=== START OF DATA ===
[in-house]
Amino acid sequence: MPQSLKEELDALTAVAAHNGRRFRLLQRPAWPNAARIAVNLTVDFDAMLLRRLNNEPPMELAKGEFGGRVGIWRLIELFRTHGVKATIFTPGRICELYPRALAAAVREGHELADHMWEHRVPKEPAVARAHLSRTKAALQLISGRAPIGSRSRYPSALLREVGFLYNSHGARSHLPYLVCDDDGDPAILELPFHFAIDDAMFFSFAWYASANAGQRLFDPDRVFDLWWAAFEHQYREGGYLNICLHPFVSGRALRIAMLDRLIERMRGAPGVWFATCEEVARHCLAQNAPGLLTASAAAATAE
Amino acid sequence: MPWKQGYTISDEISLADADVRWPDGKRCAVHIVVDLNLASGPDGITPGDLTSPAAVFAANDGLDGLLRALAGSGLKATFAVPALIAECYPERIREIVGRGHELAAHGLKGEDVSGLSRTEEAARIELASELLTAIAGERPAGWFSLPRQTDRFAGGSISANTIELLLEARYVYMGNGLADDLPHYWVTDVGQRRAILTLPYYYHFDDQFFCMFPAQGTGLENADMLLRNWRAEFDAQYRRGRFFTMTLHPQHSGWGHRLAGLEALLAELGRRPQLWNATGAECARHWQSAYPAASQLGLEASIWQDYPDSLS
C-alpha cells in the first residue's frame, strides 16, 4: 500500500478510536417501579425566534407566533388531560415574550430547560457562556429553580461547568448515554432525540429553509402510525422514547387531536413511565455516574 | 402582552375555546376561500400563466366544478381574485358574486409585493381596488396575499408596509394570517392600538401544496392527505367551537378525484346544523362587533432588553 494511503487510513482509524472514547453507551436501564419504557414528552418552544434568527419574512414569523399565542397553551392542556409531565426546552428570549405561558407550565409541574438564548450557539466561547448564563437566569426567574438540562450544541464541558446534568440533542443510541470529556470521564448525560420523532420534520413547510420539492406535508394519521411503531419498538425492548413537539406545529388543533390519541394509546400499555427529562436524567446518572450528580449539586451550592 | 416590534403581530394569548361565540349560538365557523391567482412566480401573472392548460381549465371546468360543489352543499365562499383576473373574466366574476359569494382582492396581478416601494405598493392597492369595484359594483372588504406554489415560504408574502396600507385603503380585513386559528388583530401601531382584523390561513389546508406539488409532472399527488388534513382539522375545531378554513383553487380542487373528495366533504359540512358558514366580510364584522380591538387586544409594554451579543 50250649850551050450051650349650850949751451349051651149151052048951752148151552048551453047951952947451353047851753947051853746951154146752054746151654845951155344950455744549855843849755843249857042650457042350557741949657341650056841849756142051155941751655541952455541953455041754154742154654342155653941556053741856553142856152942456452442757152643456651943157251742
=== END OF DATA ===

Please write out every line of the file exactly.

[in-house]
Amino acid sequence: MPQSLKEELDALTAVAAHNGRRFRLLQRPAWPNAARIAVNLTVDFDAMLLRRLNNEPPMELAKGEFGGRVGIWRLIELFRTHGVKATIFTPGRICELYPRALAAAVREGHELADHMWEHRVPKEPAVARAHLSRTKAALQLISGRAPIGSRSRYPSALLREVGFLYNSHGARSHLPYLVCDDDGDPAILELPFHFAIDDAMFFSFAWYASANAGQRLFDPDRVFDLWWAAFEHQYREGGYLNICLHPFVSGRALRIAMLDRLIERMRGAPGVWFATCEEVARHCLAQNAPGLLTASAAAATAE
Amino acid sequence: MPWKQGYTISDEISLADADVRWPDGKRCAVHIVVDLNLASGPDGITPGDLTSPAAVFAANDGLDGLLRALAGSGLKATFAVPALIAECYPERIREIVGRGHELAAHGLKGEDVSGLSRTEEAARIELASELLTAIAGERPAGWFSLPRQTDRFAGGSISANTIELLLEARYVYMGNGLADDLPHYWVTDVGQRRAILTLPYYYHFDDQFFCMFPAQGTGLENADMLLRNWRAEFDAQYRRGRFFTMTLHPQHSGWGHRLAGLEALLAELGRRPQLWNATGAECARHWQSAYPAASQLGLEASIWQDYPDSLS
C-alpha cells in the first residue's frame, strides 16, 4: 500500500478510536417501579425566534407566533388531560415574550430547560457562556429553580461547568448515554432525540429553509402510525422514547387531536413511565455516574 | 402582552375555546376561500400563466366544478381574485358574486409585493381596488396575499408596509394570517392600538401544496392527505367551537378525484346544523362587533432588553 494511503487510513482509524472514547453507551436501564419504557414528552418552544434568527419574512414569523399565542397553551392542556409531565426546552428570549405561558407550565409541574438564548450557539466561547448564563437566569426567574438540562450544541464541558446534568440533542443510541470529556470521564448525560420523532420534520413547510420539492406535508394519521411503531419498538425492548413537539406545529388543533390519541394509546400499555427529562436524567446518572450528580449539586451550592 | 416590534403581530394569548361565540349560538365557523391567482412566480401573472392548460381549465371546468360543489352543499365562499383576473373574466366574476359569494382582492396581478416601494405598493392597492369595484359594483372588504406554489415560504408574502396600507385603503380585513386559528388583530401601531382584523390561513389546508406539488409532472399527488388534513382539522375545531378554513383553487380542487373528495366533504359540512358558514366580510364584522380591538387586544409594554451579543 50250649850551050450051650349650850949751451349051651149151052048951752148151552048551453047951952947451353047851753947051853746951154146752054746151654845951155344950455744549855843849755843249857042650457042350557741949657341650056841849756142051155941751655541952455541953455041754154742154654342155653941556053741856553142856152942456452442757152643456651943157251742